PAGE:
We celebrate the Lord’s Supper monthly in recognition of our communion with Jesus Christ as he commanded in Luke 22:19 and 20, “And he took bread, gave thanks and broke it, and gave it to them, saying, ‘This is my body given for you; do this in remembrance of me.’ In the same way, after the supper he took the cup, saying, ‘This cup is the new covenant in my blood, which is poured out for you.'” By taking the bread and juice we are united with Jesus Christ and his church and with one another as we recommit our lives to serving him and look forward to his coming again. Communion is generally held on the first Sunday of month, and is one of two sacraments we practice (the other is baptism) during our worship services. Anyone who professes Jesus Christ as his/her personal Lord and Savior is welcome to participate in Communion, regardless of church membership. Wondering if your child should take communion?
Children and Communion
It’s Sunday morning and your family is sitting in the pew. The bread and cup are on the table up front and the pastor is preparing to serve the Lord’s Supper. It’s not unusual that a child can be heard asking, “Can I have some bread and juice too?” or “I’m hungry. May I have the snack?” So when is a child ready to take communion?
The Lord’s Supper is one of two sacraments ordained by Christ that are celebrated at First (baptism is the other). Sacraments are signs of our covenant relationship with Christ that represent a significant relationship between Jesus Christ and a believer. It is important for those participating in the Lord’s Supper to understand its significance; therefore, it is important that a child understand the meaning of the Lord’s Supper before partaking. The Reformed Church in America specifies that before children take part in the Lord’s Supper they be able to profess their faith before members of the consistory (elders and deacons). This is done in a way that is comfortable and relaxed for the child.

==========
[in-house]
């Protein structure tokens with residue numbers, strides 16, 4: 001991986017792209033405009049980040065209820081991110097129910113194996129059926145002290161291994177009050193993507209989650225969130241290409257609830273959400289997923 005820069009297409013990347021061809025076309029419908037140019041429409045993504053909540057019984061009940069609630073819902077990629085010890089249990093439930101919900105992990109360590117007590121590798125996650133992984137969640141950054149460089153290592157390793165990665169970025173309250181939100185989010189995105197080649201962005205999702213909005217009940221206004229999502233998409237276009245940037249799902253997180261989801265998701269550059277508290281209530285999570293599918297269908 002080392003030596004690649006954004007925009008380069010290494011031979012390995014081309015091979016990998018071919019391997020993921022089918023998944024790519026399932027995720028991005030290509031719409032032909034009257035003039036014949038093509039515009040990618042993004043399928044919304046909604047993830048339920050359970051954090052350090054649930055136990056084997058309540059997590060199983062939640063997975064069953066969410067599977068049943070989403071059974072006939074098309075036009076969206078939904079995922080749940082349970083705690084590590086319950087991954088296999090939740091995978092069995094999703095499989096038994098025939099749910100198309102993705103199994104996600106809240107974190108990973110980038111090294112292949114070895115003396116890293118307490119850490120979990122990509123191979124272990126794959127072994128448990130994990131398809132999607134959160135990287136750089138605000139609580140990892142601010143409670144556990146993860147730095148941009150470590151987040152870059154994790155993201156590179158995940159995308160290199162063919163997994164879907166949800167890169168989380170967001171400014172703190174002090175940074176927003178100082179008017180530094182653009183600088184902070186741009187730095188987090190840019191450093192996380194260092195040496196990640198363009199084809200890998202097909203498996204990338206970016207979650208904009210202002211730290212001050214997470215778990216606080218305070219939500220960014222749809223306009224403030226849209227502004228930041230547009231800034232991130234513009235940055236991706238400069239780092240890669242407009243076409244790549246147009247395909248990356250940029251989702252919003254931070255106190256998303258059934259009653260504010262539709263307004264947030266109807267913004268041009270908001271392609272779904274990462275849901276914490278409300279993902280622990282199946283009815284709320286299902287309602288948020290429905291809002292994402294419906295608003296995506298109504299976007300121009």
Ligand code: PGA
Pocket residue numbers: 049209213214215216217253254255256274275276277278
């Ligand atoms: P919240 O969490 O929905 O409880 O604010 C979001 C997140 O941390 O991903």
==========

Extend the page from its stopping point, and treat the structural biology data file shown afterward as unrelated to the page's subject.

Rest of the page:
When your child expresses interest in partaking of the Lord’s Supper, it is important to consider their readiness for this significant sacrament. Does your child understand that Jesus Christ died for their sins? Is your child able to articulate his/her faith in Jesus and desire to follow him? If so, they may be ready to join in the Lord’s Supper.
Baptism is one of two sacraments we practice during our worship services (the other is Communion). We believe baptism is not necessary for salvation, but is a symbol of God’s grace offered to all people.
We baptize infants as a sign and seal of God’s covenant of grace with us. We also baptize adults who have not previously been baptized upon their profession of faith in Jesus Christ.